Michael Palmer has seen his share of bestseller fame. His other work Natural Causes, has found itself embraced by the mother of all book reviews - the New York Times Best Seller list. As such he has built up a reputation to deliver some fine and thrilling medical drama in written word. Silent Treatment is another step to the plate. Well written and very engrossing, it should find a comfortable position on any reader's shelf beside Natural Causes.
I have not read his other works yet. Silent Treatment was the first foray into Palmer's prose that I've made, suggested to by my father. One thing I've noticed is that it is very difficult to keep thrillers alive and entertaining for any portion of time. Witness such great starts as the X-Files, which fell into lackadaisical and whimsical plot lines and deflated stories easily foreshadowed to the point where predictability becomes standard fare. While not reading Palmer's work prior to this, I do have some thriller reading background and in the medical sub-field as well with the likes of Cook's Chromosome 6*, and I will be the first to admit that the creation of a good thriller is difficult work. To keep it interesting and engrossing the author must carry multiple plot lines, twist the story in new directions, keep it from becoming cliché or obvious during the entire run of the novel.
Palmer did this quite well. He even used some levels of predictability to create new levels of unpredictability. Turning a story in an expected way, the reader finding it expected, only to set them off guard for the next unexpected twist. Palmer's aplomb at creating multiple storylines to keep a reader confused enough to not notice the next direction change prior to their being halfway through it is high. His attention to detail adds to the surmounting climax with sudden realizations by the main character and reader as well.
He also created one of my favorite villains I've had the pleasure to meet in some time. Doctor Anton Perchek is not a super villain. He's not a mastermind. He's not even all that smart - kind of vengeful in a childish way. What he is, as a matter of fact, is totally unremarkable. So unremarkable he could fit anywhere - a typical anything. Perchek's claim to fame is his medical knowledge, of course, as this is a medical thriller. He is renowned at keeping his "patients" alive, awake and coherent through pain. A professional torturer, if you will.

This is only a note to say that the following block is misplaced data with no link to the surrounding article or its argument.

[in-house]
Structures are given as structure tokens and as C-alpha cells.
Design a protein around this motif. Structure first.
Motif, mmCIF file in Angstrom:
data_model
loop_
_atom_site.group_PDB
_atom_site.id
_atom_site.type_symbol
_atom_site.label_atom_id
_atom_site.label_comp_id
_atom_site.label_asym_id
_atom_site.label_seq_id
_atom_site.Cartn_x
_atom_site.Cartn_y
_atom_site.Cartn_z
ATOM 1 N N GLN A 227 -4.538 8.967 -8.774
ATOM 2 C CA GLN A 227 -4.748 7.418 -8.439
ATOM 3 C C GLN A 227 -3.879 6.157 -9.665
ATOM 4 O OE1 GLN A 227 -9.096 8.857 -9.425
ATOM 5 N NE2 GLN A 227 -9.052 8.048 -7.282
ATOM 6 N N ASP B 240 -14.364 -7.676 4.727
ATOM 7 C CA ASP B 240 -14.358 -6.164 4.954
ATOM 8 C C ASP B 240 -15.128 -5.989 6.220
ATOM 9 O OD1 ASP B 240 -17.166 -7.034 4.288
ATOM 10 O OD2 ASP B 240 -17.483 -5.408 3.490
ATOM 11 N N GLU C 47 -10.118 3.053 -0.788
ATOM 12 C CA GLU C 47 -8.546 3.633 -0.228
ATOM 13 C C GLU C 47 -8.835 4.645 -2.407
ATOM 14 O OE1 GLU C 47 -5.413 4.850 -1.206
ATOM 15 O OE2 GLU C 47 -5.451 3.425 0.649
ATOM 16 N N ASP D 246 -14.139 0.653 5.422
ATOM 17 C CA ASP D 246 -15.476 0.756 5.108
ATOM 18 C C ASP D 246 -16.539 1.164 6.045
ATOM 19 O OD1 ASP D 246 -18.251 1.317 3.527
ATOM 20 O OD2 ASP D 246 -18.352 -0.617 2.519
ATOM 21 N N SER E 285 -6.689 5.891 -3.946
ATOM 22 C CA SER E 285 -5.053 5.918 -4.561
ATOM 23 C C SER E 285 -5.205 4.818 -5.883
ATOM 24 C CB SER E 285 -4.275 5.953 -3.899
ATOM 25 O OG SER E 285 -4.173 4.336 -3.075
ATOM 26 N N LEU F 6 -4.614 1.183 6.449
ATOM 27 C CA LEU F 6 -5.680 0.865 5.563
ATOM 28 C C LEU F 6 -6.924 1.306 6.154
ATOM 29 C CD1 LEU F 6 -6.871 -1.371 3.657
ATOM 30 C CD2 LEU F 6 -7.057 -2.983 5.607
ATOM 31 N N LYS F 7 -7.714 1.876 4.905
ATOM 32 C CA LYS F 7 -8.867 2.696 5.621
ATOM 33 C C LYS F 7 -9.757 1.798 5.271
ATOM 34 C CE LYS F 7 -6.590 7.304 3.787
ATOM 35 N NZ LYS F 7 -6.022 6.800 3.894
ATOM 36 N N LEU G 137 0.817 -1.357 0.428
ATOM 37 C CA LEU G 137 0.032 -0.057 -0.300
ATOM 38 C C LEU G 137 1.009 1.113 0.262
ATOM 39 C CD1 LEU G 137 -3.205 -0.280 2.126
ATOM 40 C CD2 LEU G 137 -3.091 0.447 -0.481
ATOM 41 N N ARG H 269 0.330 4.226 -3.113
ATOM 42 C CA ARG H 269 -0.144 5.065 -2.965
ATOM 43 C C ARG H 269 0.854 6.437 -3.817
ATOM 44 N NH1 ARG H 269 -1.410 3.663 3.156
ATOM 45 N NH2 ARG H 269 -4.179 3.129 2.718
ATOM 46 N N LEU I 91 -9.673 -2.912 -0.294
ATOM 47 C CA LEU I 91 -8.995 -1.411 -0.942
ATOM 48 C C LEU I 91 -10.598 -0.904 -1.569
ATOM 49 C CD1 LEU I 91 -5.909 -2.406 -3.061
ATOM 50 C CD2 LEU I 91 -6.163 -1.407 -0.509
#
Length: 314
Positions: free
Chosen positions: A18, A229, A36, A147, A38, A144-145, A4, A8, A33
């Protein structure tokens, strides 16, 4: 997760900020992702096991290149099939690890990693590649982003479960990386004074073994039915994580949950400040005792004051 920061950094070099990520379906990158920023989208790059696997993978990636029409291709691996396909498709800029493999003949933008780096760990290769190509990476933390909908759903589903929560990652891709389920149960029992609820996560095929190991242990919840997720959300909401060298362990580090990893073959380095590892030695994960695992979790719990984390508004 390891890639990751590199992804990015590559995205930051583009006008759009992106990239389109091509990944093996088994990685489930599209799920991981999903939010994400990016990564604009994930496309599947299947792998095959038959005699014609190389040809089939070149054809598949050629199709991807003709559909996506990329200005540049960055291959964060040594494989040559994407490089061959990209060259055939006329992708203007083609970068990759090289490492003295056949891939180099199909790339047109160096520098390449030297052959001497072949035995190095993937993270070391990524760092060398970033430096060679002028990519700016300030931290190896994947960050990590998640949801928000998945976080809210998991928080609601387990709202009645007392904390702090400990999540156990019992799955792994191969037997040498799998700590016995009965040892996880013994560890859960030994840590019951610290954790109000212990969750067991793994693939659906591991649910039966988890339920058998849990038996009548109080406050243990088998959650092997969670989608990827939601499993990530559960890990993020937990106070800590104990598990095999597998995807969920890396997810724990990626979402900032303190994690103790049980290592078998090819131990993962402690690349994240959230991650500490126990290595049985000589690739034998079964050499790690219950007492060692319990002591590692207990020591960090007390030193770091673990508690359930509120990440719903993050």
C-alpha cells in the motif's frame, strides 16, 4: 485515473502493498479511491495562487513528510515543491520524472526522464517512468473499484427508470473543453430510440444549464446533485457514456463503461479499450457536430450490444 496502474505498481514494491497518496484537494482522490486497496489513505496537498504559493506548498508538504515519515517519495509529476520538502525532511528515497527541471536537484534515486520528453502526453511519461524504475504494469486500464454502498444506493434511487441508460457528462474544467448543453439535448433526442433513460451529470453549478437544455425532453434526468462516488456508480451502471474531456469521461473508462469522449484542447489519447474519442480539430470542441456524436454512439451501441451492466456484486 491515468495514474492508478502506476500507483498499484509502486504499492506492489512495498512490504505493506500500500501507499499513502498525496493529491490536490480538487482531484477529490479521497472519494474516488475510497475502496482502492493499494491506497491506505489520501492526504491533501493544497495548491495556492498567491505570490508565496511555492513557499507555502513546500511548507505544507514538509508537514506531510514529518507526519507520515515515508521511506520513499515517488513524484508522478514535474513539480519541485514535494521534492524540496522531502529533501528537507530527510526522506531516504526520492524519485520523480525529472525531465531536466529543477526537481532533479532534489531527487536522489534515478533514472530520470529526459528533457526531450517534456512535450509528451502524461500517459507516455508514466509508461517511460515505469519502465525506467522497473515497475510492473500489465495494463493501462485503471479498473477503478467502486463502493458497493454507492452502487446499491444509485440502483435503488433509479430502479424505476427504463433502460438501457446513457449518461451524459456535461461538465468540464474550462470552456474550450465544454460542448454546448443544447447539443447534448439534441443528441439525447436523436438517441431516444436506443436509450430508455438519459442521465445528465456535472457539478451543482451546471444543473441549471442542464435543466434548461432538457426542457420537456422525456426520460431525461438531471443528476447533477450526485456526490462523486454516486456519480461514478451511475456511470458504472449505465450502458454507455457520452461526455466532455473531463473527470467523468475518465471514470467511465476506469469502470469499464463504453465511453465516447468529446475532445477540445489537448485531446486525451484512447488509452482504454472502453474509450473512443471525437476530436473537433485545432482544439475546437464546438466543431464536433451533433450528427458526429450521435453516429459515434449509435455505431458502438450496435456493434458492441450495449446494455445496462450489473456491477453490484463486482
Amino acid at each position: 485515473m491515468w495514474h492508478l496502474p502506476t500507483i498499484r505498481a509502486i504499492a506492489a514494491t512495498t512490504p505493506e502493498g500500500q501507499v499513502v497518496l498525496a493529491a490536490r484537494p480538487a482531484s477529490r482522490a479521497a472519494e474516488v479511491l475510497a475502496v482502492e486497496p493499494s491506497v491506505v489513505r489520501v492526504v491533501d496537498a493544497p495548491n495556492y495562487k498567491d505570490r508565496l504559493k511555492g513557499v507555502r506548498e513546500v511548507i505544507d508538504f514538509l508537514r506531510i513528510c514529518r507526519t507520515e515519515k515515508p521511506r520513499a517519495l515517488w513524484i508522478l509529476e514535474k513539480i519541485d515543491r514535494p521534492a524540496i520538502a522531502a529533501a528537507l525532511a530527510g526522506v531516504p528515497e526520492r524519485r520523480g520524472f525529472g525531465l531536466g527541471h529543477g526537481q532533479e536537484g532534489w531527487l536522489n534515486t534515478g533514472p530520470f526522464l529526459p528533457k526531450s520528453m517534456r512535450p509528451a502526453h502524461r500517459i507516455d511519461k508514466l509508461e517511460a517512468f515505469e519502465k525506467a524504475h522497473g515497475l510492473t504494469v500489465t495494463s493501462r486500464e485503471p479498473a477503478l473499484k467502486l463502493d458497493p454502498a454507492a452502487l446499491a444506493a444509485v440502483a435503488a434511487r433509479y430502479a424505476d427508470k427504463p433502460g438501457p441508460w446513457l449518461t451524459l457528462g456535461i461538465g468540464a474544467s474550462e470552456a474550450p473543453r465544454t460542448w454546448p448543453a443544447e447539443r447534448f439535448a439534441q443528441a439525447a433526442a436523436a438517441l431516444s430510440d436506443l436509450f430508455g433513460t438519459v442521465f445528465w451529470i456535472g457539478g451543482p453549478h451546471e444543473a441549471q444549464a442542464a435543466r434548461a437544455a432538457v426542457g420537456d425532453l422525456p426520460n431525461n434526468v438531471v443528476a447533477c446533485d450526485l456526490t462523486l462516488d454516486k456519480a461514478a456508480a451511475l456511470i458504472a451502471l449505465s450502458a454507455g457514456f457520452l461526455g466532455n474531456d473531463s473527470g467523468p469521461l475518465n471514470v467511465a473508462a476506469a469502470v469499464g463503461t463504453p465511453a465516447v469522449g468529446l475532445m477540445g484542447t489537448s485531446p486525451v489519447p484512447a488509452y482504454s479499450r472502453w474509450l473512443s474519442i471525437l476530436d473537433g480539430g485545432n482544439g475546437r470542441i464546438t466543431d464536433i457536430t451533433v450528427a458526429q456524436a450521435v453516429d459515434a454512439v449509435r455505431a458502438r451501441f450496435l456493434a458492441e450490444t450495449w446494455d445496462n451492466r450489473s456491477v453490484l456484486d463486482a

Throughout the novel you'll find yourself following the tale of Harry Corbett, a general practitioner. Following the untimely death of his wife, he is suddenly mired in a conspiracy theorists wet dream as a secret society of medical insurance heads practice various questionable treatments at the wont of saving money for their firms. Perchek is in the middle of this as a hired hand - an assassin who performs his work in a syringe rather than a pistol chamber.
You'll find Silent Treatment rather quick to read, believable in all extents and Palmer's knowledge of the field he writes about is well-researched and extensive, which only serves to heighten the fear. There's nothing here that would seem comically implausible, and therefore the novel takes on a level of realism that's hard to attain (Chromosome 6's gene work, for example, was far-fetched and had the end result of damaging the book's realism in the long run). Not exactly a kid's book, but easily followable by most anyone without going too far into the medical science, Silent Treatment shows Palmer is one of the few that can carry a thriller without losing steam.
* Off The Shelf review in Legends #83, January 1999.
"Silent Treatment" by
Published by Bantam Books
Copyright © 1995 by Michael Palmer